Asian stock markets have tumbled as concern about the impact of a Chinese disease outbreak on tourism and regional economies grows
Asian stock markets tumbled Tuesday as concern about the economic impact of a Chinese disease outbreak rose.
Japan’s central bank left its key interest rate unchanged and revised up its economic growth outlook.
Market indexes in Shanghai, Tokyo, Hong Kong and Sydney all retreated following the Chinese government’s announcement of a fourth death from coronavirus. The outbreak, centered on the city of Wuhan, has sickened more than 200 people.
Authorities said some infections were transmitted person-to-person, increasing the risk the disease might spread faster during the Lunar New Year holiday, the Chinese-speaking world’s busiest travel season. That prompted selling of shares in airlines, hotel operators and other travel-related companies.
Other Asian governments stepped up screening of travelers from China, highlighting the potential impact on tourism revenue.
The outbreak “is developing into a major potential economic risk to the Asia-Pacific region,” said Rajiv Biswas of IHS Markit in a report.
The outbreak and measures to stop it have could affect tourism, retailing, restaurants, air travel and other industries, said Biswas. He pointed to the example of the 2003 outbreak of severe acute respiratory syndrome, whose economic impact was felt as far away as Canada and Australia.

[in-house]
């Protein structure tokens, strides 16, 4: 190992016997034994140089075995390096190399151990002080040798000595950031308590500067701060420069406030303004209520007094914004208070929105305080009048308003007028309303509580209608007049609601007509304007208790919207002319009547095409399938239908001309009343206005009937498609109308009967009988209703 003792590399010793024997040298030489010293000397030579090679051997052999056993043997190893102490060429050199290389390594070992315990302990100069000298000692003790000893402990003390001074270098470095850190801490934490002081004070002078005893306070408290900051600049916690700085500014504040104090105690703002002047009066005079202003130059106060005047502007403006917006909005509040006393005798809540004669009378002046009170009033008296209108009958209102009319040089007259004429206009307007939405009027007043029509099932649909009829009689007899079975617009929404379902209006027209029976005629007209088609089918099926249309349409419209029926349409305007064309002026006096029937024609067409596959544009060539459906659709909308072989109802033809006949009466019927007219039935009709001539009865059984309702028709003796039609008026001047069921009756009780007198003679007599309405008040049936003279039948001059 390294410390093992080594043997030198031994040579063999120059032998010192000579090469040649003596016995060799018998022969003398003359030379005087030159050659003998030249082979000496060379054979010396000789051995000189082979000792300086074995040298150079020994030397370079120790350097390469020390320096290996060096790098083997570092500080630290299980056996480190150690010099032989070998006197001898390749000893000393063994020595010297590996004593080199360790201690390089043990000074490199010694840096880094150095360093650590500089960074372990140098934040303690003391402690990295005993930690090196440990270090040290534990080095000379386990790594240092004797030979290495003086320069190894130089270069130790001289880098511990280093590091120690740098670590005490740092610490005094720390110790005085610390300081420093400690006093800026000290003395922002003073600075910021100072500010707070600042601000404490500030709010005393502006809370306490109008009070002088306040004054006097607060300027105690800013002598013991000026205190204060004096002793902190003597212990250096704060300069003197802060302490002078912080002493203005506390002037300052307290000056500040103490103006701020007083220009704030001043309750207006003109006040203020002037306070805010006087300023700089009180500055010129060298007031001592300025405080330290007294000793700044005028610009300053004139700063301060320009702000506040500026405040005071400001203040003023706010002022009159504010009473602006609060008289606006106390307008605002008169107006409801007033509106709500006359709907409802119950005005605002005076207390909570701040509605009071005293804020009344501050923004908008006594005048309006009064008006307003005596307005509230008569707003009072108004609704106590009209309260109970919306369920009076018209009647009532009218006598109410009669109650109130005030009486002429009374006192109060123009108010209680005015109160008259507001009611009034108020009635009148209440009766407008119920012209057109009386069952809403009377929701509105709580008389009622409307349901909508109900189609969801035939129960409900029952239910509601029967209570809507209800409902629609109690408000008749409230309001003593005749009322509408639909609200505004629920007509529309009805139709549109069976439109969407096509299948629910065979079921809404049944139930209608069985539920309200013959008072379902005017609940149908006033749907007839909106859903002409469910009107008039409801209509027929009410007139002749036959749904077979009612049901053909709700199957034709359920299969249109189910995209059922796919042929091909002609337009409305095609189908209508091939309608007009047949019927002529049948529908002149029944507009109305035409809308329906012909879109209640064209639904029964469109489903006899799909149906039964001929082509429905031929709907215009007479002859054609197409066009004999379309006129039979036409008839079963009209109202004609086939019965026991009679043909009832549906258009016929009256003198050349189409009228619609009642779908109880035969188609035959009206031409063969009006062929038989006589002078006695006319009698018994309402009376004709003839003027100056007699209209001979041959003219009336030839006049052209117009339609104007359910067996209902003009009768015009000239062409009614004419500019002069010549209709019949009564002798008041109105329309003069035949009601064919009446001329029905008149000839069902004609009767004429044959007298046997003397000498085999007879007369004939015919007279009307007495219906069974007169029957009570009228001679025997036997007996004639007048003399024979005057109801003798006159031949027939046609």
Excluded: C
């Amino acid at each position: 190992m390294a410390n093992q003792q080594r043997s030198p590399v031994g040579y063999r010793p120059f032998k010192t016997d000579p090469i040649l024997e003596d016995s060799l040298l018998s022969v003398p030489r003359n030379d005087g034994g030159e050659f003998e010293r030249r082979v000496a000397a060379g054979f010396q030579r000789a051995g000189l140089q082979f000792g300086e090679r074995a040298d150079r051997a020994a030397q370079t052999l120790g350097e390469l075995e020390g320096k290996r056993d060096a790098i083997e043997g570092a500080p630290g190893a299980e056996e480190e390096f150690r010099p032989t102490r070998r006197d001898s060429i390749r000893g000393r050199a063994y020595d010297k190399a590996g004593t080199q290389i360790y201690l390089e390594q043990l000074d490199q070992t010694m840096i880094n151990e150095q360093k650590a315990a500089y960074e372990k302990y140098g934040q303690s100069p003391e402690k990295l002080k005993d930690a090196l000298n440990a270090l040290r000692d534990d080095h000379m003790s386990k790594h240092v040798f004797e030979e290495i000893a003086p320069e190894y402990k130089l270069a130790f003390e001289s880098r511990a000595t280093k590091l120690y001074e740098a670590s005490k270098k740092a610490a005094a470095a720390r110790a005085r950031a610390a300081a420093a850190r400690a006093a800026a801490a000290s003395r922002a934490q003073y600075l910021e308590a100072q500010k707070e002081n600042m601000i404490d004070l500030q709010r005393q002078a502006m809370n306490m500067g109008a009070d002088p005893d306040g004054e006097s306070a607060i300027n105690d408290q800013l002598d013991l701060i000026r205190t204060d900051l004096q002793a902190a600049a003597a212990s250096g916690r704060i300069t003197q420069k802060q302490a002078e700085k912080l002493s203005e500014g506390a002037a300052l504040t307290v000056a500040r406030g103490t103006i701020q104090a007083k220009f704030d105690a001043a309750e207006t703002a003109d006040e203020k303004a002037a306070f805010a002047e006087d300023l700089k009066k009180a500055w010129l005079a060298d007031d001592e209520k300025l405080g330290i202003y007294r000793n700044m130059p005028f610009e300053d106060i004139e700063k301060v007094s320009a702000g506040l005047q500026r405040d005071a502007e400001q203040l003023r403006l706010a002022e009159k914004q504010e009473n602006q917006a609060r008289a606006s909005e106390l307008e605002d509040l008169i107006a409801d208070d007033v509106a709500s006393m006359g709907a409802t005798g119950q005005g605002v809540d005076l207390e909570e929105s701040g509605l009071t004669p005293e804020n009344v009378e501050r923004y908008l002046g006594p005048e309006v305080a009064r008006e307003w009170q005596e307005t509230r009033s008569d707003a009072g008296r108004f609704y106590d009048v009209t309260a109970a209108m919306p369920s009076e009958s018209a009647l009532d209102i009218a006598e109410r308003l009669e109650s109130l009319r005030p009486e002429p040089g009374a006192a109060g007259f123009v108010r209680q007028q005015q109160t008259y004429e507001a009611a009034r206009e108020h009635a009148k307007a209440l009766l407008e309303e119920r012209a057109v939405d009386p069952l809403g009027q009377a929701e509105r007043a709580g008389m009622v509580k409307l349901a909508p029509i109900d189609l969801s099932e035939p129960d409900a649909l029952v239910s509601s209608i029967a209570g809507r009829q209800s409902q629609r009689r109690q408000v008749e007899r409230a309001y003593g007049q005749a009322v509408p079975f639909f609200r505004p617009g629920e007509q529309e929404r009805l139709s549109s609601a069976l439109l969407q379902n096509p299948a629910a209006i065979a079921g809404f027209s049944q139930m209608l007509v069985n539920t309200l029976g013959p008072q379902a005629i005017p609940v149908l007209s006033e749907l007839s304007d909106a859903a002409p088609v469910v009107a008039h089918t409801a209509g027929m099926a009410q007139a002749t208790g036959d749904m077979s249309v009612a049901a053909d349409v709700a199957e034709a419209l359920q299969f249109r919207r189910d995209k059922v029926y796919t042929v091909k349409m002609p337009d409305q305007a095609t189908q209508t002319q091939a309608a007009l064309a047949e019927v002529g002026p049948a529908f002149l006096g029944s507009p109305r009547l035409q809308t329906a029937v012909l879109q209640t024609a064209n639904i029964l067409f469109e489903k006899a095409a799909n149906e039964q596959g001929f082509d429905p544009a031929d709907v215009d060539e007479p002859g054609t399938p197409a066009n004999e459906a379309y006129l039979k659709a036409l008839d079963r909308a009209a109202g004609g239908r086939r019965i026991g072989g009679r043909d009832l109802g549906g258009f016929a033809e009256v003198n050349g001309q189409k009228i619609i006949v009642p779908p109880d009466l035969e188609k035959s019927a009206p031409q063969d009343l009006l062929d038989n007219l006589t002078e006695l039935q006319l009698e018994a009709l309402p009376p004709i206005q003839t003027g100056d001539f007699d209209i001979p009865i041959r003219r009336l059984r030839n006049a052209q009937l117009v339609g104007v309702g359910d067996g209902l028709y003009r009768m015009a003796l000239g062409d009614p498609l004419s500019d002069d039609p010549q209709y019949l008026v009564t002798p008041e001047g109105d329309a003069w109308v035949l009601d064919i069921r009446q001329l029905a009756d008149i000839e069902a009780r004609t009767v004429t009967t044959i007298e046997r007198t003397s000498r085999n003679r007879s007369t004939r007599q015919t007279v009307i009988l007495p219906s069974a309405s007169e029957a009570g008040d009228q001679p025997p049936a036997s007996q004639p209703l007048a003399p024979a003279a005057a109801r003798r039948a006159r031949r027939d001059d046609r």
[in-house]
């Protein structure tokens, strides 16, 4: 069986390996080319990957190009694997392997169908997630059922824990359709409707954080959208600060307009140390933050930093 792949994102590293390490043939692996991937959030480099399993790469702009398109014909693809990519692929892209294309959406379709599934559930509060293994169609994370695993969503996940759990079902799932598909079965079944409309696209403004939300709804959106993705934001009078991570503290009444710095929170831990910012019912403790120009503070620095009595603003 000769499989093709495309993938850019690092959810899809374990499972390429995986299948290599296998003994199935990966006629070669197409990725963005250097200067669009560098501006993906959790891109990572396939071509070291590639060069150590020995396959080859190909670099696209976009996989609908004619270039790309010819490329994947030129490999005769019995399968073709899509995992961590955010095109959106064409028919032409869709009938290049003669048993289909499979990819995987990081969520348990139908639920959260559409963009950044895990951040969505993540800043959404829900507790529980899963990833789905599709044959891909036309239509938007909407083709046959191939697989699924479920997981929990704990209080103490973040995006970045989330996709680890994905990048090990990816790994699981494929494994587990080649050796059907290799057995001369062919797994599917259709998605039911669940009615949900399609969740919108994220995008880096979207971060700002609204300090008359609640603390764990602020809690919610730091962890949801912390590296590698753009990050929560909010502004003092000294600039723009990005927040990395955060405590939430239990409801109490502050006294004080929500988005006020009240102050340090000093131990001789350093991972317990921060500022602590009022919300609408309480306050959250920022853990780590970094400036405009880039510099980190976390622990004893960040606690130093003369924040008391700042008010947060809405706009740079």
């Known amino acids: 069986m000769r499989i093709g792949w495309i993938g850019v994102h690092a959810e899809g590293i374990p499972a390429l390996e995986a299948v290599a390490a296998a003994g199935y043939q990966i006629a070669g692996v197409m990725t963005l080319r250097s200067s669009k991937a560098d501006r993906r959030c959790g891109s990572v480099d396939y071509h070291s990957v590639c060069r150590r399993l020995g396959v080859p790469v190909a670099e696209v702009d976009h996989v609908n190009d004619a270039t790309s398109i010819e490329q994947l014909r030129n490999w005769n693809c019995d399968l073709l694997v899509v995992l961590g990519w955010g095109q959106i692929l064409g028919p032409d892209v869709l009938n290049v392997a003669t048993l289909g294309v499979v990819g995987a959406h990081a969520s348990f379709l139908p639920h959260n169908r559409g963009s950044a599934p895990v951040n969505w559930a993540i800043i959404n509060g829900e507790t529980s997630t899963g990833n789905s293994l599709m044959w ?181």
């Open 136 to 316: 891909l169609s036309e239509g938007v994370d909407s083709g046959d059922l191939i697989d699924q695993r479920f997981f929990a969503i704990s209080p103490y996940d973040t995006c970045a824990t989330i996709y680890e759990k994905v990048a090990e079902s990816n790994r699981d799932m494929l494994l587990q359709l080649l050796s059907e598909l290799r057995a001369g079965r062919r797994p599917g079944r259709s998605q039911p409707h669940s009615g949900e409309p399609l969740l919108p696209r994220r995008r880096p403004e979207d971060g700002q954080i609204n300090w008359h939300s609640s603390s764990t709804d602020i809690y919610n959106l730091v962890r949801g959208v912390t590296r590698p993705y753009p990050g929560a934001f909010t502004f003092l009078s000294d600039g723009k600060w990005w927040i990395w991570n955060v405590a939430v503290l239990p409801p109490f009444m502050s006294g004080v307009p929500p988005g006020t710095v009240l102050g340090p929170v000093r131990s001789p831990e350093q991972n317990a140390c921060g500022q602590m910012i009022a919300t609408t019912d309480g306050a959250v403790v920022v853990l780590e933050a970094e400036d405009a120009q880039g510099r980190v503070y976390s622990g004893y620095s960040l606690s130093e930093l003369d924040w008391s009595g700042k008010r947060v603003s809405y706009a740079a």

The Shanghai Composite Index fell 1% to 3,063.56 and Hong Kong’s Hang Seng index was off 2.3% at 28,136.04. Tokyo’s Nikkei 225 retreated 0.9% to 23,866.15.
Seoul’s Kospi sank 0.8% to 2,245.29 and Sydney’s S&P-ASX 200 was off 0.3% at 7,055.40. India’s Sensex opened down 0.3% at 41,400.48 Southeast Asian markets also declined.
Japan’s ANA Holdings Inc. fell 2.2%, while Hong Kong-based carrier Cathay Pacific dropped 4.8%. China Eastern Airlines lost 2.6%.
The Bank of Japan left its policy rate at -0.1% and reaffirmed its commitment to increase holdings of government bonds. Board members raised their projection of economic growth in the year that starts in April to 0.9% from 0.7%.
The European central bank also is due to make an interest rate decision this week.
ENERGY: Benchmark U.S. oil fell 17 cents to $58.41 per barrel in electronic trading on the New York Mercantile Exchange. The contract gained 5 cents on Monday to close at $58.58. Brent crude, used to price international oils, lost 35 cents to $64.85 per barrel in London. It advanced 35 cents the previous session to $65.20.
CURRENCIES: The dollar declined to 109.98 yen from Monday’s 110.18 yen. The euro gained to $1.1100 from $1.1094.
Get more stuff like this
Subscribe to our mailing list and get interesting stuff and updates to your email inbox.